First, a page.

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Anyone for a game of train sardines?

IT’S always a mad scramble to get on – and then passengers are packed like sardines.

IT’S always a mad scramble to get on – and then passengers are packed like sardines.

Passengers on the 8.27am TransPennine Express service from Huddersfield to Leeds say the scenario has become part of their daily routine.

Commuter Antony Leslie, 52, claimed his daily trip on the train to work as a security guard in Leeds is total misery.

He complained that his services were always late and overcrowded.

And on the morning train most people have to stand for the 25-minute journey.

There was no chance of the conductor or the refreshments trolley passing through and the response from passengers was pretty much unanimous– more needs to done to ease the misery for commuters.

Huddersfield University student Donna Matthews – like many other students – relies on trains to get about and travel home for weekends.

The 21-year-old said she was appalled by the service provided by the train company. She added: “I use trains all the time to get around for my university course and to get home and every time I use a train it seems overcrowded.

“It’s absolutely ridiculous. In the morning it sometimes gets so bad that not everyone can get on the train and then they have to wait for the next one. Sometimes the trains run late, especially on weekends.

“The trains are really bad first thing and then again at lunchtime. When people finish work they always seem overcrowded.

“It’s really frustrating to have to stand for a long time and you get pushed and shoved about and it’s not nice – you’re entitled to a seat if you pay for it. It’s also really bad when you see old people being forced to stand.

“Something really needs to be done like putting on more at trains or at least making them longer.”

Daniel Sykes, 20, from Shelley, was on his way to Leeds for a work training course.

He said: “I use the trains at least once a week and they do get overcrowded – I definitely couldn’t do it every morning!

“I think people have a reason to complain because they’re not getting good value for money. They could put more carriages on to help or have more services at peak times.”

Sab Kohli, 34, who works in Leeds, said he usually caught an earlier train to the city and was surprised to find how much of a difference travelling half-an-hour later made.

He said: “I have just started travelling to work at this time but next time I think I might bring my car instead– there’s a lot of people standing on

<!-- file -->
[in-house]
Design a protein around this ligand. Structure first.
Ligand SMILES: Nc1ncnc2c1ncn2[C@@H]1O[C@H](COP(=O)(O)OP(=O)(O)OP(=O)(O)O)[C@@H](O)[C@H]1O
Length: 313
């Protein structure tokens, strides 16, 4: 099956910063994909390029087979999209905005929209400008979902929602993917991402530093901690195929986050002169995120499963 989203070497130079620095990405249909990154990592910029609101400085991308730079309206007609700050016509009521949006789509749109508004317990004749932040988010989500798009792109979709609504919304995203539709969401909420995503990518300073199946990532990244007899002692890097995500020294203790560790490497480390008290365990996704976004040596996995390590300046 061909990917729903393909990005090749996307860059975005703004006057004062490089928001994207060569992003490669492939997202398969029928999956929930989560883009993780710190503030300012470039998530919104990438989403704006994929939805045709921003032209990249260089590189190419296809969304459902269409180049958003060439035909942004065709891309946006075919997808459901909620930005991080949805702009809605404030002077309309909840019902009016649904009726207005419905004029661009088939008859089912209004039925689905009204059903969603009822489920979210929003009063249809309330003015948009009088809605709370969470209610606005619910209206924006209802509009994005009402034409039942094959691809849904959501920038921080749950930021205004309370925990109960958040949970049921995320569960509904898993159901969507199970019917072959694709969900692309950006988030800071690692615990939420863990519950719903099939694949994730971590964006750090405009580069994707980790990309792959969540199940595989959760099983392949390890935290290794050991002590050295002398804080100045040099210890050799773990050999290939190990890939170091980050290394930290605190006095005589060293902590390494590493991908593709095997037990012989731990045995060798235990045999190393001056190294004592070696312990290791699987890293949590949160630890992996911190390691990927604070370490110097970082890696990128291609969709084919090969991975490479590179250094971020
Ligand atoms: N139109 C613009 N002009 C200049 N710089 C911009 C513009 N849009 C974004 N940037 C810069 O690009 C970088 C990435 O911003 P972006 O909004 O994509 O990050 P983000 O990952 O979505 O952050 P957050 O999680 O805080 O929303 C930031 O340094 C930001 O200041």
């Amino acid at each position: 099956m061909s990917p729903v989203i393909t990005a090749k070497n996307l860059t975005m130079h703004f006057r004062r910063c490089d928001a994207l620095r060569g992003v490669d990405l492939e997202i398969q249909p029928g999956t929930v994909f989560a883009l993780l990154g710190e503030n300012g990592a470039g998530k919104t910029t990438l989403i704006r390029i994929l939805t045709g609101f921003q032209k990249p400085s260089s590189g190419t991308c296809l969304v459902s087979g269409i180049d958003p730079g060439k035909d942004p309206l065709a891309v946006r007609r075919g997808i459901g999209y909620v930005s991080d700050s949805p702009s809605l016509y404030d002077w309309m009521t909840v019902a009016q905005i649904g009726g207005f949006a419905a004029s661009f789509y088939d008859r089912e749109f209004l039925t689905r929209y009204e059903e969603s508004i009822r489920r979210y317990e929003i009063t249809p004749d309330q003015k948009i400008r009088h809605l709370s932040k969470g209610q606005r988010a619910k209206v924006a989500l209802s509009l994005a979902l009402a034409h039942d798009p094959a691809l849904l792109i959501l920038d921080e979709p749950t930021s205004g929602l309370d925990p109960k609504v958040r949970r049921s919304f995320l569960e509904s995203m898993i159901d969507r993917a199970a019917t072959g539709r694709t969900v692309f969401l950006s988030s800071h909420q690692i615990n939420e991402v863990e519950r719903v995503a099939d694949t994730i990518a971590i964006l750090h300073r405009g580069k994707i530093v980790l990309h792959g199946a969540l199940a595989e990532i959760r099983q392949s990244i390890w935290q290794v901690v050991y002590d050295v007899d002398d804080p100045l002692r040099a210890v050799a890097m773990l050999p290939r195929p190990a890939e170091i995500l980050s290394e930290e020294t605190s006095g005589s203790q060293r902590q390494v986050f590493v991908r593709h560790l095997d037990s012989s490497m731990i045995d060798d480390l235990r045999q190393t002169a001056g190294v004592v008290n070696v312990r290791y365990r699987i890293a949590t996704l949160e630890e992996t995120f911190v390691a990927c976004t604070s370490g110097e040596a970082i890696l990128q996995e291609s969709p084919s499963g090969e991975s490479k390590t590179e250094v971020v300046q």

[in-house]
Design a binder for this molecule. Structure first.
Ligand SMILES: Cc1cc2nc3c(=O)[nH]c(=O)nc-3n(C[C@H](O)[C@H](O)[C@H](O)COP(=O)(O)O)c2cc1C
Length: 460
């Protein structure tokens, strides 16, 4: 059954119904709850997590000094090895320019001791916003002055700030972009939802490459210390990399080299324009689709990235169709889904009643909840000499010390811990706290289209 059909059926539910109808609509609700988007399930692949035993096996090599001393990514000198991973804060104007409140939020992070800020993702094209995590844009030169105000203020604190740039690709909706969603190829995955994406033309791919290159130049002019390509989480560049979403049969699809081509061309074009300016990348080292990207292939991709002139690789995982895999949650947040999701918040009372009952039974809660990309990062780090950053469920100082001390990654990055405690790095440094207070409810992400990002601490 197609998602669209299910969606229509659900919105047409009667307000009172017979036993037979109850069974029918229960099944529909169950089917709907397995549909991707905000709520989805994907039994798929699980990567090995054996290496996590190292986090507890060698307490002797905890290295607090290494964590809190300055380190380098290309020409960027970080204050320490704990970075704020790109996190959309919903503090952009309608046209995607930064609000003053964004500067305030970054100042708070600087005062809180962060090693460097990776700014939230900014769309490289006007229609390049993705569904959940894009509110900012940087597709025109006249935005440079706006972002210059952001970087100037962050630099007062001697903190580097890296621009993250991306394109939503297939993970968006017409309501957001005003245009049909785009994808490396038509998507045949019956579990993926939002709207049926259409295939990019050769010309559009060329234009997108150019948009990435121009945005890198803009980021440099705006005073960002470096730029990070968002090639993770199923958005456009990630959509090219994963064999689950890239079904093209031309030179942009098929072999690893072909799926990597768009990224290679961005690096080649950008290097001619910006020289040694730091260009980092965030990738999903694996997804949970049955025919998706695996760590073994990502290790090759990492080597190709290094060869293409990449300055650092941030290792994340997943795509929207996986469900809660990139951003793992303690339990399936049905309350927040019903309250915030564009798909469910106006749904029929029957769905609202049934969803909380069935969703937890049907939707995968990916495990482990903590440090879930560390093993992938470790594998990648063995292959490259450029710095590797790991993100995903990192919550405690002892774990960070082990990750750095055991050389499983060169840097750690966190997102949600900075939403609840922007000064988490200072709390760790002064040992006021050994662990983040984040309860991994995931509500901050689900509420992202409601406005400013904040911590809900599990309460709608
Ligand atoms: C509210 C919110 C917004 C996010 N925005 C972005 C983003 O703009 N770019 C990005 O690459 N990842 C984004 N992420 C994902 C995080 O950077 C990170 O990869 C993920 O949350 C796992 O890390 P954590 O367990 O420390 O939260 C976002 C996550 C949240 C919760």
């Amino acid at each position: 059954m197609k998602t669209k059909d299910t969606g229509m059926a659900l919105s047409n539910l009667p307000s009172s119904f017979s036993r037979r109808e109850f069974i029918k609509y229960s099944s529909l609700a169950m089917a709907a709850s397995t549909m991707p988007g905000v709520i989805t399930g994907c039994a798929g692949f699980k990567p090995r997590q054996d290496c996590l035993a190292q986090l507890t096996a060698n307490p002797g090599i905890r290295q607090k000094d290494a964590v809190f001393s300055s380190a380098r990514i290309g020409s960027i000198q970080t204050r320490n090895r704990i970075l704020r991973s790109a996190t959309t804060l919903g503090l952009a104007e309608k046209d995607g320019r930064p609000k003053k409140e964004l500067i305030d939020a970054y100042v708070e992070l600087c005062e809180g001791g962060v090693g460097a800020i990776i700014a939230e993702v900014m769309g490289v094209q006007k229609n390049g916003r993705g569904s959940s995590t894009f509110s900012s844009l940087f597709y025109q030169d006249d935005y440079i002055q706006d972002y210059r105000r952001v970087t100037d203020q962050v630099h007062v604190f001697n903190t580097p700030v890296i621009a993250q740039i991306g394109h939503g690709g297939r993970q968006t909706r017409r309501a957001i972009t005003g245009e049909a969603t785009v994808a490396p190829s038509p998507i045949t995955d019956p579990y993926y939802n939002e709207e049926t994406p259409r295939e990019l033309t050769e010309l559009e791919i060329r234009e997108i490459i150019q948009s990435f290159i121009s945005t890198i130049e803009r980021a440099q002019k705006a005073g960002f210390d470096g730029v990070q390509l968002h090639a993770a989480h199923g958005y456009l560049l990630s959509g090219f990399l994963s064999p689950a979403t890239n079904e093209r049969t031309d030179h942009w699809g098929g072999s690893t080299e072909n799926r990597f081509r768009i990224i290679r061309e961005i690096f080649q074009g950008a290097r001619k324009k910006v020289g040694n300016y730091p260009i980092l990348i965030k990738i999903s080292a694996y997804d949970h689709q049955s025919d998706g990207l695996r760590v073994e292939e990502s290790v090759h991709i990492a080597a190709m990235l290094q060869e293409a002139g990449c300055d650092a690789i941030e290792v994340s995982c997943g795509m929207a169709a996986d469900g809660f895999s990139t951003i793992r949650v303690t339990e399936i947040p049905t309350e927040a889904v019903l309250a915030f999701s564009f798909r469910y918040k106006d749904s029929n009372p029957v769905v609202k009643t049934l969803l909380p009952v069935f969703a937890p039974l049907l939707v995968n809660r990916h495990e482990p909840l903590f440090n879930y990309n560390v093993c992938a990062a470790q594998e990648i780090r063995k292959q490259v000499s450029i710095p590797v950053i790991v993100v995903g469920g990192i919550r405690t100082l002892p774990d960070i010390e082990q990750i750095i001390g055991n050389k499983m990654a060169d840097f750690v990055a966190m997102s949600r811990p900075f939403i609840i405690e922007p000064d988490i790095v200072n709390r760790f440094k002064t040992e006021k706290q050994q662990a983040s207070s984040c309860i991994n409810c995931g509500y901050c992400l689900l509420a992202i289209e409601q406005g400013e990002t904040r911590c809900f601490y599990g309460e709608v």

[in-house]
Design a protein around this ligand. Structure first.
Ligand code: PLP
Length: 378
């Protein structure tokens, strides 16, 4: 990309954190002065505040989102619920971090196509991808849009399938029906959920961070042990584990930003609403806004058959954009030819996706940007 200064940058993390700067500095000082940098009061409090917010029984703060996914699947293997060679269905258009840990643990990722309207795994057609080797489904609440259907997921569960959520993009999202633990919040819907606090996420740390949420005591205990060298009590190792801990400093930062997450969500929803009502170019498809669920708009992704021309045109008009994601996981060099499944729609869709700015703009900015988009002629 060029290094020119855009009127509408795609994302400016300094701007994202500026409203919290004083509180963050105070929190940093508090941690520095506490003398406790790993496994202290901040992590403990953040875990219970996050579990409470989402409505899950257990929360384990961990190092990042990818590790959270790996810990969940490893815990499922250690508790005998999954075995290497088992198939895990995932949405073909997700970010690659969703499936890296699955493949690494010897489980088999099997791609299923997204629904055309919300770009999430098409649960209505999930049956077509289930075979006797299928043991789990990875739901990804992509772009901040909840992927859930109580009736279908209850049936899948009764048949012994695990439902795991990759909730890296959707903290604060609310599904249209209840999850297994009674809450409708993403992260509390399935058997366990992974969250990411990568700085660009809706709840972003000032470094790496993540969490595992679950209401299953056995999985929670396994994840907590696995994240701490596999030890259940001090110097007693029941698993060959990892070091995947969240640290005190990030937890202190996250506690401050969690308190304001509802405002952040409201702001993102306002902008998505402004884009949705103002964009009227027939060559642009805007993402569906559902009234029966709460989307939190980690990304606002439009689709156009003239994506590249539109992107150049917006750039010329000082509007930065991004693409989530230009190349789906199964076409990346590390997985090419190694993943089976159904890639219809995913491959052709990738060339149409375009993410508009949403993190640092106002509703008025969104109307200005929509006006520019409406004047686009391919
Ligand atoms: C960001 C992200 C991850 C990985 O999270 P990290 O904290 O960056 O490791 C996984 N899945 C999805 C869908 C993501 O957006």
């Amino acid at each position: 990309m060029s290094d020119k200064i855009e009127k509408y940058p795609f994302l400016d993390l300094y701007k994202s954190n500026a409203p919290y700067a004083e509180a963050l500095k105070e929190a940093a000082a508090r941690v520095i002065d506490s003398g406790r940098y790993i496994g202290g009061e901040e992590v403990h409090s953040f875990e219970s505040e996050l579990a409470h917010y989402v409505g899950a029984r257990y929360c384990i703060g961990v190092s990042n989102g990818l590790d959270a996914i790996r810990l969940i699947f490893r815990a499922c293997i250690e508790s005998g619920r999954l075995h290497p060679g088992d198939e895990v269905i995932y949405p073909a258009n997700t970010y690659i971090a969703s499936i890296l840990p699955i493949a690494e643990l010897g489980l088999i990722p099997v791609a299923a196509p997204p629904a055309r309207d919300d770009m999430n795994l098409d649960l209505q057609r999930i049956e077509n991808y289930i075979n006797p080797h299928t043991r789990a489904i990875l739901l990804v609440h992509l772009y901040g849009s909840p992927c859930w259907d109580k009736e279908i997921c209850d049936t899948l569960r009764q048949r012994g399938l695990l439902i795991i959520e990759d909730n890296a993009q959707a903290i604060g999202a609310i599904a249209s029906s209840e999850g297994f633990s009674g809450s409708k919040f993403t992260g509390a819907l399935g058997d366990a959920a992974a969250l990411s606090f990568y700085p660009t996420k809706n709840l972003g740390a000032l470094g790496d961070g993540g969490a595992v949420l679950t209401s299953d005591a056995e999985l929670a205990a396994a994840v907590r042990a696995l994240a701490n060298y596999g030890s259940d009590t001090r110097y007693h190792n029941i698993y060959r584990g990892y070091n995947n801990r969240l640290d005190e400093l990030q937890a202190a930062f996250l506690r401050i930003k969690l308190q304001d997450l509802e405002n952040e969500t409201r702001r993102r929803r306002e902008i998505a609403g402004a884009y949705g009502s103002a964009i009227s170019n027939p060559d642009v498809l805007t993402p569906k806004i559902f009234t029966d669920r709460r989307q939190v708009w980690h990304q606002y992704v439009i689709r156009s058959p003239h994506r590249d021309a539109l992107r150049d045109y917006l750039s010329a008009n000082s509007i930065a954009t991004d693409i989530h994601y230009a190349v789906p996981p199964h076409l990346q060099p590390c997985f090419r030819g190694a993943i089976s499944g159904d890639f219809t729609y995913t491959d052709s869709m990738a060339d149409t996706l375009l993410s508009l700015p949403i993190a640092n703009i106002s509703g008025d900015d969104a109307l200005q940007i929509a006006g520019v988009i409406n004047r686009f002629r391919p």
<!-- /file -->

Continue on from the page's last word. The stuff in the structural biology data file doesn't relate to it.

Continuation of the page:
“I think that people just have to learn to accept that trains are going to be busy at this time, but I do think more could be done to make things easier.”

.. and it’s not much better from Manchester

THE often hellish experiences associated with the daily commute have become all too familiar to me.

Get on the 07.55 train at Manchester first thing in the morning – a favourite with commuters – and you are faced with a mad dash for the doors.

Then the search starts for a seat that doesn’t display a ‘reserved’ sign.

It’s busy at Manchester but fun really starts when the train reaches Huddersfield

The train pulls in and hundreds of faces press against the doors.

As the doors open, a sea of impatient people surge towards you and you have to battle against the tide to get off.

Then, just when you think the battle is over, you face another fight to get out of the station as people queue in a confined space to have their tickets checked.

The weary journey home is just as stressful. Like many other commuters who finish work at 5pm, I catch the 17.16 service back to Manchester.

If you placed a bet on this train being late then you would clean up most of the time. And the reason – if you’re given one at all – will almost always be signalling or a train failure.

If that’s always the case then you’d have thought it would have been sorted by now.

When the train does put in an appearance, battle commences again – this time for people wanting to get off the train with those on the platform left waiting for the packed-train to clear.

Then, when I miss my connection at Manchester – almost always – I’m left waiting again in the familiar surroundings of Starbucks, counting down to my favourite travel-free time of the week – the weekend.

 

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